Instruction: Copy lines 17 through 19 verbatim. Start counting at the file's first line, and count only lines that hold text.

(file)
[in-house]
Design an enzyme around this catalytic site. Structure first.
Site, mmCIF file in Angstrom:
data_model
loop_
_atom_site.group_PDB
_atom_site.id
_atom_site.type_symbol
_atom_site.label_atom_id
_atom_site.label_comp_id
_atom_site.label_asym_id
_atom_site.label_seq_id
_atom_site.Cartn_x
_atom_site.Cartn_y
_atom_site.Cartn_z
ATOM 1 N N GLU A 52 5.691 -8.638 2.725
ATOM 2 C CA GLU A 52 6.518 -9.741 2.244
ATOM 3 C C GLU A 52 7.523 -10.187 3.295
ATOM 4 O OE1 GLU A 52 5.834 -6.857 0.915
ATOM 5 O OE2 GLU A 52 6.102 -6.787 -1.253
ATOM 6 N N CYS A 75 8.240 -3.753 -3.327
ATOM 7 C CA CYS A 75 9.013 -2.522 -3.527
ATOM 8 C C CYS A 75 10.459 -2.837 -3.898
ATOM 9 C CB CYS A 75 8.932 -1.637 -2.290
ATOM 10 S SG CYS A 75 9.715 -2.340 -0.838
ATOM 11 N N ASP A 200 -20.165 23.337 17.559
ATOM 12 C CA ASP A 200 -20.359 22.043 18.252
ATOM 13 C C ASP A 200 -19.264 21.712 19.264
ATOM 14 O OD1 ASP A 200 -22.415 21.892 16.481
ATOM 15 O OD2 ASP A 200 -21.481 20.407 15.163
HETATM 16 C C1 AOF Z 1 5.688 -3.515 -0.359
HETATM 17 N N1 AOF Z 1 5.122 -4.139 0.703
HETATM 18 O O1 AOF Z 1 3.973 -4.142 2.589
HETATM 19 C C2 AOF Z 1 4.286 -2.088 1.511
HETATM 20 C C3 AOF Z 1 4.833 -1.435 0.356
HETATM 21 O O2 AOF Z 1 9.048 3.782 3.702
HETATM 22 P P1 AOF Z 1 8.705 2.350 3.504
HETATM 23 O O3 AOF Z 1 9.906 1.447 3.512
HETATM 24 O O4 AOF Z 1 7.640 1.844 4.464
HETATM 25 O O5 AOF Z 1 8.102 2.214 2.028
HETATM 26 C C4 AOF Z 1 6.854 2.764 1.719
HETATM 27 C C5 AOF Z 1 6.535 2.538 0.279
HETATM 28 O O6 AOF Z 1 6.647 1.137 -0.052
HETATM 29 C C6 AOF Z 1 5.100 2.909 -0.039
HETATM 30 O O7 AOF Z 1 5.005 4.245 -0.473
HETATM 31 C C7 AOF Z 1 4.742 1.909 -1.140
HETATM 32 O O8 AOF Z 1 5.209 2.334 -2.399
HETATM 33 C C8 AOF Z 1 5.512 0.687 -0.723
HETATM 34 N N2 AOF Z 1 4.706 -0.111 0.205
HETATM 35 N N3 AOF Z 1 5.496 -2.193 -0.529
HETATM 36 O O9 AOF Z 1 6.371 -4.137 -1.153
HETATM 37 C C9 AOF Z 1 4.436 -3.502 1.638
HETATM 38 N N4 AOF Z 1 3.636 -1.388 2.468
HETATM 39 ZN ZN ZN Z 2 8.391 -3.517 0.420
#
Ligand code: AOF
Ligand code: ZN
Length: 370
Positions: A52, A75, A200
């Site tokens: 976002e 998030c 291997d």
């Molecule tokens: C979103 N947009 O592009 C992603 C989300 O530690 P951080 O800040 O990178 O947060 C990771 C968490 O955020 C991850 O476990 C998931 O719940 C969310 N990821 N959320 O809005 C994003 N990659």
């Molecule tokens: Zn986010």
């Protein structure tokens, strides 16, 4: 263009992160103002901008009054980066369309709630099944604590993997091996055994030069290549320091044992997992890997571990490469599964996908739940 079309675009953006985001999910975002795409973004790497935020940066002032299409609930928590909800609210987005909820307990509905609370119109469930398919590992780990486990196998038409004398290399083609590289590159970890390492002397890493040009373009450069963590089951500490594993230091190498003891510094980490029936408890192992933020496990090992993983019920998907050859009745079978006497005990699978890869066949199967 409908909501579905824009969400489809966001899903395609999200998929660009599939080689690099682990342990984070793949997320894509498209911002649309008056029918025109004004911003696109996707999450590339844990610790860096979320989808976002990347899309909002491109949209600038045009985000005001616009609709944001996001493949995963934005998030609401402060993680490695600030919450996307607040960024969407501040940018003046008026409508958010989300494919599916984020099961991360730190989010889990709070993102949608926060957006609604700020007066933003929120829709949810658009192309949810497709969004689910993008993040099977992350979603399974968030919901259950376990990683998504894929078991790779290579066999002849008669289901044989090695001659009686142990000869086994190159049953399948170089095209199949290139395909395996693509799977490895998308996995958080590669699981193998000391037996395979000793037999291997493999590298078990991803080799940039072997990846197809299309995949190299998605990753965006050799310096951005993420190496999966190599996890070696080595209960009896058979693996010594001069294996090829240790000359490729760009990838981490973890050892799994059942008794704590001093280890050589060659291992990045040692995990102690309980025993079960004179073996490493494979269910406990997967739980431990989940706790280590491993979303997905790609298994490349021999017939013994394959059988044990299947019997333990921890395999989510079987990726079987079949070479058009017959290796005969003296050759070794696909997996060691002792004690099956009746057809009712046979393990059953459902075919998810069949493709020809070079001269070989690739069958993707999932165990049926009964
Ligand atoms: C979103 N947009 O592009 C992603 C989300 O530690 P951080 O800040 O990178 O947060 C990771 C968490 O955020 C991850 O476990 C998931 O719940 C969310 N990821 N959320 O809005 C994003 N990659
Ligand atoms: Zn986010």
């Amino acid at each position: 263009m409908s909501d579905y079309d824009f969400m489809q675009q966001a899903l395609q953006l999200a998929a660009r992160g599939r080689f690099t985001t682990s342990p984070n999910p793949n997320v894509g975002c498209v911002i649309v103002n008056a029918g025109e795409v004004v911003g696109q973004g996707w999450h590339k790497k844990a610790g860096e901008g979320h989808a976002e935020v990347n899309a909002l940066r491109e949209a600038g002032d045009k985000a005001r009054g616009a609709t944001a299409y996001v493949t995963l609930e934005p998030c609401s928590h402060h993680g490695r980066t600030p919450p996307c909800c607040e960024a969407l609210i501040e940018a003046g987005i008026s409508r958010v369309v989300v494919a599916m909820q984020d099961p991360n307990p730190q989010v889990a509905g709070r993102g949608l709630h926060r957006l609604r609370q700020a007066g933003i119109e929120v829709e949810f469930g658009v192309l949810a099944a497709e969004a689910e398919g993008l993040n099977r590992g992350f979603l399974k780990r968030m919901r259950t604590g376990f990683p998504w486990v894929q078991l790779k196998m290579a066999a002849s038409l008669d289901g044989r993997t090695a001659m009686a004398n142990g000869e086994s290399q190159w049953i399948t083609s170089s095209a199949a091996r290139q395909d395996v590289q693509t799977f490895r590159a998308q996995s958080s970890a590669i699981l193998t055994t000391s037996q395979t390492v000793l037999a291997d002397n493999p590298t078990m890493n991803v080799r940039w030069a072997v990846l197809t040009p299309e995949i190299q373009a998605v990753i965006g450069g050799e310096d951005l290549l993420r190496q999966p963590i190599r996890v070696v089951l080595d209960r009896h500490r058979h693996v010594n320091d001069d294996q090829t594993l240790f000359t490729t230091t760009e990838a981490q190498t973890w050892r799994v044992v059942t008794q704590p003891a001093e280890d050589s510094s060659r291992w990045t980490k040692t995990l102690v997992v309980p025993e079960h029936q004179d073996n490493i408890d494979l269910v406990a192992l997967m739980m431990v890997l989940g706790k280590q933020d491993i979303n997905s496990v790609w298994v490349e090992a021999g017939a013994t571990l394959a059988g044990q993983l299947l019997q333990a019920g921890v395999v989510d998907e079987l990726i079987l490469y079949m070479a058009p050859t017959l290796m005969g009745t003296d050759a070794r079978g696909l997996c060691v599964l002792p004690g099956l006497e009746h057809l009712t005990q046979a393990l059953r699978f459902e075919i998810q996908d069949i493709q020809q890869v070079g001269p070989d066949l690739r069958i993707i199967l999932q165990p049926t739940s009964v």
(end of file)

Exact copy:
ATOM 2 C CA GLU A 52 6.518 -9.741 2.244
ATOM 3 C C GLU A 52 7.523 -10.187 3.295
ATOM 4 O OE1 GLU A 52 5.834 -6.857 0.915